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|Title:||Exilstrukturen in deutsch- und austrokanadischer Nachkriegsliteratur. Walter Bauer. Carl Weiselberger. Henry Kreisel.|
|Keywords:||German Language and Literature;German Language and Literature|
|Abstract:||<p>This thesis presents the attempt to make visible, in a representative section of the literature of German speaking immigrants, the reflection of Canadian and European reality as experienced from the temporal and spatial distance to the horror of facsism, in Canada as exile and sanctuary. The cultural and historical experiences underlying the interpreted texts are very complex, both on the individual and collective level. Henry Kreisel and Carl Weiselberger who, as Austrian Jews, had to flee from Vienna after the national-socialist annexation of Austria in 1938 were interned as enemy aliens in England in 1940 and deported to Canada where they, after some months in internment camps, became Canadian citizens; Kreisel became much involved with the postwar development of Canadian literature and criticism. Walter Bauer, a successful writer of socially critical fiction in Germany before 1933, and of non-committal books during Hitler's rule, hoped to contribute to a new, just society with his writings after the war. His memories of the German Nazi past and the war kept haunting him as a postwar immigrant in Canada.The "exile structures" found in the fiction of these three Canadian ethnic writers correspond thematically to their individual experience of exile, interpreted under three main aspects: 1. The experience of being cast out and disconnected from the past leads to an understanding of our part in the political reality, and-of the continuity of history. 2. The existential experience of the no one's land communicates the need to assert oneself against the nothingness of oppression, destruction, anonymity. 3. The experience of living with two languages evokes the attempt to better understand both the old and the new culture, and to search for an own, synthetized cultural identity. - The interpreted literature, like any minority literature, shows elements of a self-liberating motivation.</p>|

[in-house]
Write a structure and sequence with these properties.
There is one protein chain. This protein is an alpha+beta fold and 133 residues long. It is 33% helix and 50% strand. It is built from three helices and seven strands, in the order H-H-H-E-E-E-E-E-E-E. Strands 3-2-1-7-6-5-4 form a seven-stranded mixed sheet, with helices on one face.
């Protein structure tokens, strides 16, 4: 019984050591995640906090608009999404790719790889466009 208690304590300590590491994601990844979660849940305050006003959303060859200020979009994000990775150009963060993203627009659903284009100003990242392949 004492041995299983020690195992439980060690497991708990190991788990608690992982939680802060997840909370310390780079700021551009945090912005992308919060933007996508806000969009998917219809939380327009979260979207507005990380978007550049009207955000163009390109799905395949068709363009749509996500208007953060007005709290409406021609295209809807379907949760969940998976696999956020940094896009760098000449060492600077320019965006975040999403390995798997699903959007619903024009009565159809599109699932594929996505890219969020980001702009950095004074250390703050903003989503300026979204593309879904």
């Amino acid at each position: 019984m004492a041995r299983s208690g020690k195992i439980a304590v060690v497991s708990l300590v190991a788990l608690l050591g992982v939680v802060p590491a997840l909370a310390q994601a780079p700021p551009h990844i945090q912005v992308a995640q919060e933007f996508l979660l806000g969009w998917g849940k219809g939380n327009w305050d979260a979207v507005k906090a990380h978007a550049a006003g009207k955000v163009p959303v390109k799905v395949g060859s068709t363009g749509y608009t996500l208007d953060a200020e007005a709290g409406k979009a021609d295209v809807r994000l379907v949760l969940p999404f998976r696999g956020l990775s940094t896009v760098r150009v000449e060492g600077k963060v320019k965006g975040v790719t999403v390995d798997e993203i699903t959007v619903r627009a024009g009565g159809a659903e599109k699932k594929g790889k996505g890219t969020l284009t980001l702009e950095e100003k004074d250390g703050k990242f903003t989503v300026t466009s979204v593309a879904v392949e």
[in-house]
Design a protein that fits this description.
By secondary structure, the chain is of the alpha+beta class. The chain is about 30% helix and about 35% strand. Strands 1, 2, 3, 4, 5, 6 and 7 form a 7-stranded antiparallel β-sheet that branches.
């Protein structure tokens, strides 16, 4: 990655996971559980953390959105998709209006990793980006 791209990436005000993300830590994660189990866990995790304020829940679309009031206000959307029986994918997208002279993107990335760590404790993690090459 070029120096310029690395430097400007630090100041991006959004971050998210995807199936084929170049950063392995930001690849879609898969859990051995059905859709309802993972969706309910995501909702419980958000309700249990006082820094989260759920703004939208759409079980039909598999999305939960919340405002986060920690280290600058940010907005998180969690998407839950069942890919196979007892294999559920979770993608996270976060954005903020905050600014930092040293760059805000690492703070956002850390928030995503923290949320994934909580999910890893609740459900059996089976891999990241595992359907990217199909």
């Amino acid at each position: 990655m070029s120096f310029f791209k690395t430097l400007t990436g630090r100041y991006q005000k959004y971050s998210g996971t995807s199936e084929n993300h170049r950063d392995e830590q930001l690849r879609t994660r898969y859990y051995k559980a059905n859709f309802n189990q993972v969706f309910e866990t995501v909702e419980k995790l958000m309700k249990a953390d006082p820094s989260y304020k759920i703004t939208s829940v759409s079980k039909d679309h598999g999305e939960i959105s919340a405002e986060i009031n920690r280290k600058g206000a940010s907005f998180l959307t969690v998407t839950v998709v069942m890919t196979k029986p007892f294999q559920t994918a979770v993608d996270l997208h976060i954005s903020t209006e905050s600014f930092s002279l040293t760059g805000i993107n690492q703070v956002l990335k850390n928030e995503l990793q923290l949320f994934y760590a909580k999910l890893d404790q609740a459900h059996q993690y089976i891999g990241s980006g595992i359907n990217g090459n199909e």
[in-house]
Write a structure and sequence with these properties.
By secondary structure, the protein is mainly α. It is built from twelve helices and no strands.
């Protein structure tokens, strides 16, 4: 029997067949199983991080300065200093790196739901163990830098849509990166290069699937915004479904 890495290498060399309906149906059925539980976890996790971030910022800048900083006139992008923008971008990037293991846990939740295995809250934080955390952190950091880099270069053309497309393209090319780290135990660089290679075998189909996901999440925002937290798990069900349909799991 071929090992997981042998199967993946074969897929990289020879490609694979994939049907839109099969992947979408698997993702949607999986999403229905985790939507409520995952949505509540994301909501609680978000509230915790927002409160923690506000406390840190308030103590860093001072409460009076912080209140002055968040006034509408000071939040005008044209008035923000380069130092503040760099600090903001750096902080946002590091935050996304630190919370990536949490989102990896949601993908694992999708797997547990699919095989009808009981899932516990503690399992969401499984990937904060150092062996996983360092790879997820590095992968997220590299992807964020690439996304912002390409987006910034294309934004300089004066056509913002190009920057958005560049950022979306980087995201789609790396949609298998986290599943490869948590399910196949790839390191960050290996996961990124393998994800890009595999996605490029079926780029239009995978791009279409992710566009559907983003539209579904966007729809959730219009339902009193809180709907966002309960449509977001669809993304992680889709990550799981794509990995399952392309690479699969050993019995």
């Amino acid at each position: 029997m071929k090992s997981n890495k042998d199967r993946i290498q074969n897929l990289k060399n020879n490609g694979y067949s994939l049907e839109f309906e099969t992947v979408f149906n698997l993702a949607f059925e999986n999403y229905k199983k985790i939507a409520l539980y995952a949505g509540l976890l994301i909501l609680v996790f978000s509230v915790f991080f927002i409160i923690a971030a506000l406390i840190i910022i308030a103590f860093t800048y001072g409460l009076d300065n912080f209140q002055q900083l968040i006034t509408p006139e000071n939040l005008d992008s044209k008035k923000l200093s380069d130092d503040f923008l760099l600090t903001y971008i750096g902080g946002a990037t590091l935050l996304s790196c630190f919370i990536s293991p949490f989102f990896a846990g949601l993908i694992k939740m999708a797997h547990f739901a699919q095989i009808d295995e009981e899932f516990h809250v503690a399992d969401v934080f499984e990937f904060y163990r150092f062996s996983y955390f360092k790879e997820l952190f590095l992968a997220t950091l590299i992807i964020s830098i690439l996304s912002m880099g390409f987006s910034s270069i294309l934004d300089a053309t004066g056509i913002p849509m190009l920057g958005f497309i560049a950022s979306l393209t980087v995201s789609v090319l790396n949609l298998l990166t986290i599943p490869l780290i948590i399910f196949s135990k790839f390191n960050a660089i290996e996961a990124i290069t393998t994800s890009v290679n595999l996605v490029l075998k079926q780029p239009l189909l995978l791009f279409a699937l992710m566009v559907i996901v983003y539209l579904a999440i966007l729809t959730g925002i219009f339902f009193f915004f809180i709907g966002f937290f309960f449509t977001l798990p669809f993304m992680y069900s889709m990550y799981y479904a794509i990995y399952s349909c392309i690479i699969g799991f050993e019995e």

|Appears in Collections:||Open Access Dissertations and Theses|
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